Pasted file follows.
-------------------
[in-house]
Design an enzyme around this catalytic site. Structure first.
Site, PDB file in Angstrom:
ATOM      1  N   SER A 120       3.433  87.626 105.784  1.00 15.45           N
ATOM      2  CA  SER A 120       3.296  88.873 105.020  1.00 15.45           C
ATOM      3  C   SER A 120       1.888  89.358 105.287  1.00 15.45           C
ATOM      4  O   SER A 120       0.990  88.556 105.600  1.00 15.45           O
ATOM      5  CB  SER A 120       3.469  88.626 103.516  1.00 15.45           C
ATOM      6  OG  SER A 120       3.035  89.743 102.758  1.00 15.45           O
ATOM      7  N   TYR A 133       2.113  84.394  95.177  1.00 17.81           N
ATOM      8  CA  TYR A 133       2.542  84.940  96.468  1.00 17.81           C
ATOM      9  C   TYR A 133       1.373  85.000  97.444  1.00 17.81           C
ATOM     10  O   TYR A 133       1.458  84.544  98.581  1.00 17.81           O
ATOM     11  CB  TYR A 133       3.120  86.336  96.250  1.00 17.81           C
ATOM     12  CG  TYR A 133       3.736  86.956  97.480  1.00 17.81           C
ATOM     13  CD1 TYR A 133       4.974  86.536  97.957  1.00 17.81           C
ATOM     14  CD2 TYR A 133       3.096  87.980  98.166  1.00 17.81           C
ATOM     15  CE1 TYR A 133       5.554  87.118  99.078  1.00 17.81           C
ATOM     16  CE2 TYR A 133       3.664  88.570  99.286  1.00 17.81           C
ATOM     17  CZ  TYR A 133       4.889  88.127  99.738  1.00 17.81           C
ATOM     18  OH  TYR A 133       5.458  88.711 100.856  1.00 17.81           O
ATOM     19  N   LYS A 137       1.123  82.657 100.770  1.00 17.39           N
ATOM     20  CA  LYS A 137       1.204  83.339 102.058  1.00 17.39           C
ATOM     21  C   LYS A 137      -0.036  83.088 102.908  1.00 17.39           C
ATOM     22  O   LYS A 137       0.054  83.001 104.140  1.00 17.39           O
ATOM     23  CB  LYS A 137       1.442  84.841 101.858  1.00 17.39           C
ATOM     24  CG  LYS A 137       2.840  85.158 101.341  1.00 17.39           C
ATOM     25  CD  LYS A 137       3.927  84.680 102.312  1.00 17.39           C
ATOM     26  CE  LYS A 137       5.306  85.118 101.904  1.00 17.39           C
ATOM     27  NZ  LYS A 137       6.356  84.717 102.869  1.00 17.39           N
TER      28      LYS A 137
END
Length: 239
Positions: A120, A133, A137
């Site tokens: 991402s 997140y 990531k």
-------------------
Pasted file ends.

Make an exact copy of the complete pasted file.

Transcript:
[in-house]
Design an enzyme around this catalytic site. Structure first.
Site, PDB file in Angstrom:
ATOM      1  N   SER A 120       3.433  87.626 105.784  1.00 15.45           N
ATOM      2  CA  SER A 120       3.296  88.873 105.020  1.00 15.45           C
ATOM      3  C   SER A 120       1.888  89.358 105.287  1.00 15.45           C
ATOM      4  O   SER A 120       0.990  88.556 105.600  1.00 15.45           O
ATOM      5  CB  SER A 120       3.469  88.626 103.516  1.00 15.45           C
ATOM      6  OG  SER A 120       3.035  89.743 102.758  1.00 15.45           O
ATOM      7  N   TYR A 133       2.113  84.394  95.177  1.00 17.81           N
ATOM      8  CA  TYR A 133       2.542  84.940  96.468  1.00 17.81           C
ATOM      9  C   TYR A 133       1.373  85.000  97.444  1.00 17.81           C
ATOM     10  O   TYR A 133       1.458  84.544  98.581  1.00 17.81           O
ATOM     11  CB  TYR A 133       3.120  86.336  96.250  1.00 17.81           C
ATOM     12  CG  TYR A 133       3.736  86.956  97.480  1.00 17.81           C
ATOM     13  CD1 TYR A 133       4.974  86.536  97.957  1.00 17.81           C
ATOM     14  CD2 TYR A 133       3.096  87.980  98.166  1.00 17.81           C
ATOM     15  CE1 TYR A 133       5.554  87.118  99.078  1.00 17.81           C
ATOM     16  CE2 TYR A 133       3.664  88.570  99.286  1.00 17.81           C
ATOM     17  CZ  TYR A 133       4.889  88.127  99.738  1.00 17.81           C
ATOM     18  OH  TYR A 133       5.458  88.711 100.856  1.00 17.81           O
ATOM     19  N   LYS A 137       1.123  82.657 100.770  1.00 17.39           N
ATOM     20  CA  LYS A 137       1.204  83.339 102.058  1.00 17.39           C
ATOM     21  C   LYS A 137      -0.036  83.088 102.908  1.00 17.39           C
ATOM     22  O   LYS A 137       0.054  83.001 104.140  1.00 17.39           O
ATOM     23  CB  LYS A 137       1.442  84.841 101.858  1.00 17.39           C
ATOM     24  CG  LYS A 137       2.840  85.158 101.341  1.00 17.39           C
ATOM     25  CD  LYS A 137       3.927  84.680 102.312  1.00 17.39           C
ATOM     26  CE  LYS A 137       5.306  85.118 101.904  1.00 17.39           C
ATOM     27  NZ  LYS A 137       6.356  84.717 102.869  1.00 17.39           N
TER      28      LYS A 137
END
Length: 239
Positions: A120, A133, A137
């Site tokens: 991402s 997140y 990531k």